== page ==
BERKELEY – When Berkeley police Chief Michael Meehan’s son’s cell phone was stolen in January, 10 police officers were sent to track it down, with some working overtime at taxpayer expense, police said Monday.
A police report about the theft of the teen’s iPhone from a school locker was never written and the Oakland Police Department was never notified that officers on the department’s drug task force were in North Oakland knocking on doors looking for the phone. Three detectives and a sergeant each logged two hours of overtime.
“If your cell phone was stolen or my cell phone was stolen, I don’t think any officer would be investigating it,” said Michael Sherman, vice chairman of the Berkeley Police Review Commission, a city watchdog group. “They have more important things to do. We have crime in the streets.”
The excessive use of resources comes at a time when Meehan, 50, is under intense scrutiny for his actions over the last several months. The city is spending $20,000 to make sure its police department’s media policies are up to speed after the chief was widely criticized for sending a sergeant to a reporter’s home about 1 a.m. on March 9 to ask for changes to an online story. The Berkeley police union criticized the move, saying Meehan’s actions “do not represent the will, spirit or sentiment of the membership of the Berkeley Police Association” and called for an independent investigation.
The city has paid Rennie Sloan Holtzman Sakai law firm in San Francisco roughly $25,000 to investigate Meehan’s move that March night. The results of that probe have not been released.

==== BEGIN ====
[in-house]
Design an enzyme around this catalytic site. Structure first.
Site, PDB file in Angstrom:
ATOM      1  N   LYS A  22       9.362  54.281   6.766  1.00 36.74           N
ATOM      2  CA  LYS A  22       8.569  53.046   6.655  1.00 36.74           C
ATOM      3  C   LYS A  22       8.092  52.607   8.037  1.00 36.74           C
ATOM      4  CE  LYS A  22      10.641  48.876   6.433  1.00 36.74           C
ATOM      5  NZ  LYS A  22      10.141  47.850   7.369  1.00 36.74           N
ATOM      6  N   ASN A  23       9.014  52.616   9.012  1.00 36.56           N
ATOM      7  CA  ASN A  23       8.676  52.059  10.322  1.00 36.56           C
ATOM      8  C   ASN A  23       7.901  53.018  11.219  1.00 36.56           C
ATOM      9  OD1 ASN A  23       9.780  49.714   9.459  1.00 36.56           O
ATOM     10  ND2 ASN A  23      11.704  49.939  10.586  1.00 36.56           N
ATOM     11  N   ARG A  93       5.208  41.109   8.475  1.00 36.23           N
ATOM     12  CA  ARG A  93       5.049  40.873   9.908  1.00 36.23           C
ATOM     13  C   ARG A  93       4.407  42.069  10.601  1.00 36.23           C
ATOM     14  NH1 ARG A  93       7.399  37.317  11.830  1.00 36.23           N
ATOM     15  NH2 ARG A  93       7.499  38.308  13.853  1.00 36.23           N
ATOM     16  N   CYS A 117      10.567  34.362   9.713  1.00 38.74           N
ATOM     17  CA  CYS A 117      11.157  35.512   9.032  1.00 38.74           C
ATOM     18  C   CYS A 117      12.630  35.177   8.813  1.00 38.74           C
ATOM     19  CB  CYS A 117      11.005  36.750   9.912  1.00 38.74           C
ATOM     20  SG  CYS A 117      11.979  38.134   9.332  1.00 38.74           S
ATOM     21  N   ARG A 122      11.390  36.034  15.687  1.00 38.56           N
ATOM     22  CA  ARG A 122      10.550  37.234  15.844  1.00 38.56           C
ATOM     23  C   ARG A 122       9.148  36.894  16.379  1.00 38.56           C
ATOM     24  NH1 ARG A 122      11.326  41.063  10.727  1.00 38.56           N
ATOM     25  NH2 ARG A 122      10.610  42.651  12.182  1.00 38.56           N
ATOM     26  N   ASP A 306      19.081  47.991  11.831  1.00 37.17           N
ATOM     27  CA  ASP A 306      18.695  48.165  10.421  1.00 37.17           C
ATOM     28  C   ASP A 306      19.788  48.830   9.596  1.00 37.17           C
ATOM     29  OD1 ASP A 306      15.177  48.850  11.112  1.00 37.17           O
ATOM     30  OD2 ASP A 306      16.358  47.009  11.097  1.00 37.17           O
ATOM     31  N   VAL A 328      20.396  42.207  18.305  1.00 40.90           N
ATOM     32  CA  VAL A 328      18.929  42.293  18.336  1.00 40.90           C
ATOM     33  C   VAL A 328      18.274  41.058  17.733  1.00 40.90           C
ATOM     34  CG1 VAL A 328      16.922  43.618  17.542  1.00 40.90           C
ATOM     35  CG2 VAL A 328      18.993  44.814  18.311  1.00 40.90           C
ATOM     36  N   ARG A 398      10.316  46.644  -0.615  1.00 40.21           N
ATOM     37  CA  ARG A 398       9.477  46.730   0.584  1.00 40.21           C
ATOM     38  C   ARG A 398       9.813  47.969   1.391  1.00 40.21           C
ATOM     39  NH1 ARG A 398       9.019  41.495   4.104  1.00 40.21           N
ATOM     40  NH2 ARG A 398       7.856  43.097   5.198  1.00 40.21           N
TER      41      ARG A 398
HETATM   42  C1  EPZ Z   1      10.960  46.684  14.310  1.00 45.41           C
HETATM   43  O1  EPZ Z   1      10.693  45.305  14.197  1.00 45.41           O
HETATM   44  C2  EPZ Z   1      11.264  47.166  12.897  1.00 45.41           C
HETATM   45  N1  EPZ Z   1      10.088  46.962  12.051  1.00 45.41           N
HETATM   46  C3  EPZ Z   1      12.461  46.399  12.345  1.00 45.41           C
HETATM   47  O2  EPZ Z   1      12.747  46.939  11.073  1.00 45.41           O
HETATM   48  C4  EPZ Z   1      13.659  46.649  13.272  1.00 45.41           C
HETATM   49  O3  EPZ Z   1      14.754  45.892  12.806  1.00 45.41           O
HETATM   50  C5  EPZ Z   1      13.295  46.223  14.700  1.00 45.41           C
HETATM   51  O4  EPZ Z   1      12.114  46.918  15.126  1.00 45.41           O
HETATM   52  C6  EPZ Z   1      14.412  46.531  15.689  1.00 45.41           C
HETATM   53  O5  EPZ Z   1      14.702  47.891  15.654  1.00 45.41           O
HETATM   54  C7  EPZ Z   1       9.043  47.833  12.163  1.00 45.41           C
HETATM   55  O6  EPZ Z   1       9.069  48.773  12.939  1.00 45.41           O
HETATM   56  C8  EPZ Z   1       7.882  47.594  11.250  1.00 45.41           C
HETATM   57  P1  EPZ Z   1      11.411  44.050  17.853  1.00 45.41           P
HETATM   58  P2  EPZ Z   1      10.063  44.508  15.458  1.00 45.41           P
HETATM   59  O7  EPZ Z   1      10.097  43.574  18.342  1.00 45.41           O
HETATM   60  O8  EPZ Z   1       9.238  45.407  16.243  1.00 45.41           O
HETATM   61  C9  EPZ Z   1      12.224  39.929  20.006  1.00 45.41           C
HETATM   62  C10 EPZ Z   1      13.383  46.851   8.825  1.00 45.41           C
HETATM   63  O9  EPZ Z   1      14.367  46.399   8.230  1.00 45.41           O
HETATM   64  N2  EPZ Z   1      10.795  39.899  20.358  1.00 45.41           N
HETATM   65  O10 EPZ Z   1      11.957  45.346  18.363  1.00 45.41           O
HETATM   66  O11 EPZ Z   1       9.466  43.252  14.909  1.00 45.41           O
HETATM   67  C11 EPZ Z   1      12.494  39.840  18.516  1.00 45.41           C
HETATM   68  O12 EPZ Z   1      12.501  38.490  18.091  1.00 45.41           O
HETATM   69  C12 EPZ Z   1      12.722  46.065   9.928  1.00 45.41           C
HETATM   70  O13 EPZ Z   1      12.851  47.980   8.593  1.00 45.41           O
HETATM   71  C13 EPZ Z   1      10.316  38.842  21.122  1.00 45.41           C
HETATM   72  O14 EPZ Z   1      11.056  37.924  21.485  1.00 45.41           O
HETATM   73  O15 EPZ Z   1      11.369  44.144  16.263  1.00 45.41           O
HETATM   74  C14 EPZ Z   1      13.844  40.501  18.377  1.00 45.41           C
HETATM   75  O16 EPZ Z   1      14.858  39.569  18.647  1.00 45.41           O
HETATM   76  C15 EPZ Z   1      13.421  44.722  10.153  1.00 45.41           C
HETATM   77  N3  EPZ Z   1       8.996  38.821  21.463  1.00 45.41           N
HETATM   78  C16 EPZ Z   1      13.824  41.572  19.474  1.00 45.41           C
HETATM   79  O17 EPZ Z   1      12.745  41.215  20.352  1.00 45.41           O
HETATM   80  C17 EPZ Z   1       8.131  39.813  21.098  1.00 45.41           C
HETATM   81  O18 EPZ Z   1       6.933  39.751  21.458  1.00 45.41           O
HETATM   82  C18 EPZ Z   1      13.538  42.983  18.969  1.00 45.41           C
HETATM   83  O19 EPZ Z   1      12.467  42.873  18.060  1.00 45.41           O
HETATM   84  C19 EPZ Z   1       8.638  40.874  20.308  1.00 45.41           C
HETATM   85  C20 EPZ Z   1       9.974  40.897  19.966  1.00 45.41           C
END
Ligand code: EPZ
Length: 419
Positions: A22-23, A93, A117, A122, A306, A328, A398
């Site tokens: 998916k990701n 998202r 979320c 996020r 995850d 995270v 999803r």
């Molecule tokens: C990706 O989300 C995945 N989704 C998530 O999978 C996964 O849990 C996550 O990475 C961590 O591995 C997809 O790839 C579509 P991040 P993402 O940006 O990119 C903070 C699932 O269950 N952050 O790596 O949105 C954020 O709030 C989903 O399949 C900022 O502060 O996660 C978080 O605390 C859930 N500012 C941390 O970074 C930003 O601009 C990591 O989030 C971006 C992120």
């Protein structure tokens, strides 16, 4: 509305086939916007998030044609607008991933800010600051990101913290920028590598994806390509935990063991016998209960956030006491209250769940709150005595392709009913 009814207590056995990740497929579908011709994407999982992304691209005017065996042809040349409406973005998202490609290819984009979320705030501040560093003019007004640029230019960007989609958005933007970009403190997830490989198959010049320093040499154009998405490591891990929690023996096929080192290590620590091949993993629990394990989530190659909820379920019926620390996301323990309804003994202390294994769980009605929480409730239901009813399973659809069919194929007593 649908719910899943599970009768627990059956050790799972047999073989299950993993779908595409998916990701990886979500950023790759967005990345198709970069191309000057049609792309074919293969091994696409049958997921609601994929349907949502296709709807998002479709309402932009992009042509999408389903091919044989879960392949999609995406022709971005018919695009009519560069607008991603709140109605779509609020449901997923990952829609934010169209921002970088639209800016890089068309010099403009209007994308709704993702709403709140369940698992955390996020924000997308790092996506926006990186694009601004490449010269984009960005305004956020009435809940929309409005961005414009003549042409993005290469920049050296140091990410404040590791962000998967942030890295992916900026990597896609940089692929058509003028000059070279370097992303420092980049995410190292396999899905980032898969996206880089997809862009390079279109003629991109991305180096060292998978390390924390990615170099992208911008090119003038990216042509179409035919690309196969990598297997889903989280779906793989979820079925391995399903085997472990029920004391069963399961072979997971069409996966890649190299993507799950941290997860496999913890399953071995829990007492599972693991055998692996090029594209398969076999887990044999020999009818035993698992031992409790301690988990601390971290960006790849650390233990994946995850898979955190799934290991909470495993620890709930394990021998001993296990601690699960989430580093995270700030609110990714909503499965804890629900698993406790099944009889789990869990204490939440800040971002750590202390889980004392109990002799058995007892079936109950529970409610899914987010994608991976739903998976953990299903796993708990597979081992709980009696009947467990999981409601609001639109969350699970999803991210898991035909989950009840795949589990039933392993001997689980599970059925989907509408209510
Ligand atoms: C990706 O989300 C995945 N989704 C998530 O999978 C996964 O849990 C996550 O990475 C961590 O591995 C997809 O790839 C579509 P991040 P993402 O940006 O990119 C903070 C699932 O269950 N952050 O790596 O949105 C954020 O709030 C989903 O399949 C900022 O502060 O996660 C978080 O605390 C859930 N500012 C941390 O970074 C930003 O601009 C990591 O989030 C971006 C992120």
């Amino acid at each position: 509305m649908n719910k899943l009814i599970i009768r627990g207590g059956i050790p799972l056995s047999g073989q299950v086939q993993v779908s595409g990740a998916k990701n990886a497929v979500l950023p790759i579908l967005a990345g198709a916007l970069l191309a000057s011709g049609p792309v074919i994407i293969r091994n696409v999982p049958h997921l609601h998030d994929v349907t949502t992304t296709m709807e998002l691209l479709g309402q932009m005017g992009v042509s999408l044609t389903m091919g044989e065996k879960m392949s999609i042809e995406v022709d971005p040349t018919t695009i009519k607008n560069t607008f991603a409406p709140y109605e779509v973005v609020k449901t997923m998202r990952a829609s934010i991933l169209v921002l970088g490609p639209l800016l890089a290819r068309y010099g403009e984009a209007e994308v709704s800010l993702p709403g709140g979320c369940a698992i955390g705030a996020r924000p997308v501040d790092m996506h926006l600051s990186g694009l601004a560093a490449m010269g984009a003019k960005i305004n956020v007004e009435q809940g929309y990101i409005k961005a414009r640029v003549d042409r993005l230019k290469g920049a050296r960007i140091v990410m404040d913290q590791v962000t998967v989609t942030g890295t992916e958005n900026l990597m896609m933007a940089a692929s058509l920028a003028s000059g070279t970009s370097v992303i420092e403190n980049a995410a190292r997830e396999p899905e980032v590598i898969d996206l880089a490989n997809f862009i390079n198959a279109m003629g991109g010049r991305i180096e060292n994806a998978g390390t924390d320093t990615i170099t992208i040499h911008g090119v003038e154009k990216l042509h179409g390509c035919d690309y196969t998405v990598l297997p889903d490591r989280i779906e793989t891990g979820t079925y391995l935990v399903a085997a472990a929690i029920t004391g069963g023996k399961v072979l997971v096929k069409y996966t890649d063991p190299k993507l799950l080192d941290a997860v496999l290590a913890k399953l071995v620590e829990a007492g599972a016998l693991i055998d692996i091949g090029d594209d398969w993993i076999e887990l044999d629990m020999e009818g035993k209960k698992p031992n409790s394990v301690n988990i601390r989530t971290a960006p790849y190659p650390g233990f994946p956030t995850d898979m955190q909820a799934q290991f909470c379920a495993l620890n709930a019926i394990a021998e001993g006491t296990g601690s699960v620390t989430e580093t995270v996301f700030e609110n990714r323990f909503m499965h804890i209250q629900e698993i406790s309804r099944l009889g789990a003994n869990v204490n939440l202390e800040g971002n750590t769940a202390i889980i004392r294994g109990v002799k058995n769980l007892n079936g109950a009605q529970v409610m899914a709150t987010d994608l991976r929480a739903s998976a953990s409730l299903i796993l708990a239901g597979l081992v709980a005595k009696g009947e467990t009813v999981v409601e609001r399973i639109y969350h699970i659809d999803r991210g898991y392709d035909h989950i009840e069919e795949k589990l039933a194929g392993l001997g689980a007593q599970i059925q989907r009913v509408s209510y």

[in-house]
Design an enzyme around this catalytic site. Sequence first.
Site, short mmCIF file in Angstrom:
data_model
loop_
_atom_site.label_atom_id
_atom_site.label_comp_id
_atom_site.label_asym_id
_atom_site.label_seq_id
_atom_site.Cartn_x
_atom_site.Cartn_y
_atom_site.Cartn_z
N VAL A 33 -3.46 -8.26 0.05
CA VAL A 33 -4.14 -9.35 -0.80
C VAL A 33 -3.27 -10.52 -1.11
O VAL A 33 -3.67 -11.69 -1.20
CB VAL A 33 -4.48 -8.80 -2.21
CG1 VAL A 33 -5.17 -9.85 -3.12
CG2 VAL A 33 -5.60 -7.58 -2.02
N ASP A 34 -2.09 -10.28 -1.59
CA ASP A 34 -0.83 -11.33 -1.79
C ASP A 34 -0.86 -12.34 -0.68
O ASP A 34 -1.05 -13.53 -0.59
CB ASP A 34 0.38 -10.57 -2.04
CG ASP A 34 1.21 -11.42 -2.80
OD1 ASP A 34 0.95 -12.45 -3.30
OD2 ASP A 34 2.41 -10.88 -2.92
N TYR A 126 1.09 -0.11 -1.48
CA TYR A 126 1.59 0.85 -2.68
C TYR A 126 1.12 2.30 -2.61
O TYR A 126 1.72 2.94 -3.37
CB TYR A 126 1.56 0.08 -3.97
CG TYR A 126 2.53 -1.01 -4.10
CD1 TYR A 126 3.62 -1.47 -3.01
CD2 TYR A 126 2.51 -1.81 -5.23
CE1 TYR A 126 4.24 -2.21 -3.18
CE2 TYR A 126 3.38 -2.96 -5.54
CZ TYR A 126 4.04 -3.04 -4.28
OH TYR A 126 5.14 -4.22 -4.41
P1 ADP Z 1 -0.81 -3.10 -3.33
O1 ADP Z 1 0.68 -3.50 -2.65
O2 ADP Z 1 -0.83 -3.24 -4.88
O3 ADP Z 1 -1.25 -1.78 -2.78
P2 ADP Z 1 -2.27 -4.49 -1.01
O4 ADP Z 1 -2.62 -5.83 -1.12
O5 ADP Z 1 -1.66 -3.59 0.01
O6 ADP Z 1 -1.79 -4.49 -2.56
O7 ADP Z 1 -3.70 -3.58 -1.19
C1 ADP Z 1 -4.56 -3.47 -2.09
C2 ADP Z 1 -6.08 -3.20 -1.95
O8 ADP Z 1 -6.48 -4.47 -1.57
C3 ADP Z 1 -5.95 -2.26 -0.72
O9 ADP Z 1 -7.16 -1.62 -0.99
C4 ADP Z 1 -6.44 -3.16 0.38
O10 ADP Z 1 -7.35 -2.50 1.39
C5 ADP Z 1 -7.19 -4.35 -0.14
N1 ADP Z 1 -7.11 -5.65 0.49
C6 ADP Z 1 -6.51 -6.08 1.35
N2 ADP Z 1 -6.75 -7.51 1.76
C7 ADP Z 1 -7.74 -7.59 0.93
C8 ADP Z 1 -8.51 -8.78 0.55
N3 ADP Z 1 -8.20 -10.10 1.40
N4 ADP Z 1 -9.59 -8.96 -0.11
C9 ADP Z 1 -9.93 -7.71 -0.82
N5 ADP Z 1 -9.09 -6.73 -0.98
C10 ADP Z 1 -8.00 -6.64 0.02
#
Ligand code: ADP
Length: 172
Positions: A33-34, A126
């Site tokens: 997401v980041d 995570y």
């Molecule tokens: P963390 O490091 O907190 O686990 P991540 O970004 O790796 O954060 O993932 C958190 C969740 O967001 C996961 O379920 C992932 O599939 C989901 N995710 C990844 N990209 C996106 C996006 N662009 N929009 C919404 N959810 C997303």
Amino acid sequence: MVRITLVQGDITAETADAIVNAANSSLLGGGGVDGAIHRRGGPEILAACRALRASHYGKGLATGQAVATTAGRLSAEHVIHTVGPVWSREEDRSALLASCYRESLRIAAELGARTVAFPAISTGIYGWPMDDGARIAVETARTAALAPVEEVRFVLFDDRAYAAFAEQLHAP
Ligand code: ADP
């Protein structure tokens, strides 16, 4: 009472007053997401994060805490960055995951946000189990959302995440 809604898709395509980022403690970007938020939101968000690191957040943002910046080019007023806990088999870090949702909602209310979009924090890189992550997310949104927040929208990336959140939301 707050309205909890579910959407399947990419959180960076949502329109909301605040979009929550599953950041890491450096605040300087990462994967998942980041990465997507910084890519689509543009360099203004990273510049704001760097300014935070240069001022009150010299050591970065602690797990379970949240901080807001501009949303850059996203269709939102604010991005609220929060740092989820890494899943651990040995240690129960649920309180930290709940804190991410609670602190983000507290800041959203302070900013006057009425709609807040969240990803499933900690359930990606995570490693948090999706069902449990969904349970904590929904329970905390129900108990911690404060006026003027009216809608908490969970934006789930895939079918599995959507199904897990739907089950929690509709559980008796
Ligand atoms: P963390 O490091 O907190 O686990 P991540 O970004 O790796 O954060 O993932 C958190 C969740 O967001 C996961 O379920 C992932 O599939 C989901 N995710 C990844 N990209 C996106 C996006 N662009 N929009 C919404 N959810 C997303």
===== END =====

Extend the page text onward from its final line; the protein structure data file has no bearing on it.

On Jan. 11, Meehan son, a freshman at Berkeley High School, found that his iPhone, equipped with the Find My iPhone tracking software, was gone from his unlocked gym locker. The boy alerted his father and Meehan pulled out his own cell phone and showed a property crimes detective sergeant the real time movement of the stolen phone.
Given the active signal of the stolen phone, the detective sergeant took his team to try to locate it. As the signal was moving into the city of Oakland, the detective sergeant called the drug task force to ask for some additional assistance and members of that team offered to help, said Sgt. Mary Kusmiss, department spokeswoman.
Meehan did not respond to a request for comment.
The four sergeants followed the signal to the area of 55th and San Pablo avenues in North Oakland, where they contacted residents at several homes looking for the phone. It was never located.
When a reporter, working on a tip, asked about the missing phone 10 weeks ago, a police report could never be located. When more questions from news reporters surfaced last week about the incident, Kusmiss released a statement Monday about the theft and the chain of events that followed. Kusmiss said the lack of a report was an “oversight that came to our attention when researching (reporters) questions.”
Sherman took issue with that.
“At minimum there should have been a police report. If a department is going to put people onto an investigation, they should have a police report,” he said.
Kusmiss said it’s not “uncommon” for patrol officers to track a stolen phone if they get an active signal while on the streets.
“It depends on the circumstances. If we had an active phone or laptop or tablet signal, there may be occasion when a group of officers would get overtime to work an in-progress crime,” she said.
Oakland police would not comment on the case other than to say that many police agencies work in the city everyday and there are no set standards that mandate that outside agencies alert Oakland police when officers are within city limits.
“Depending on the type of law enforcement activity, sometimes agencies will, as a professional courtesy, notify Oakland if they are doing some type of law enforcement action where they might need assistance,” Oakland police spokeswoman Officer Johnna Watson said.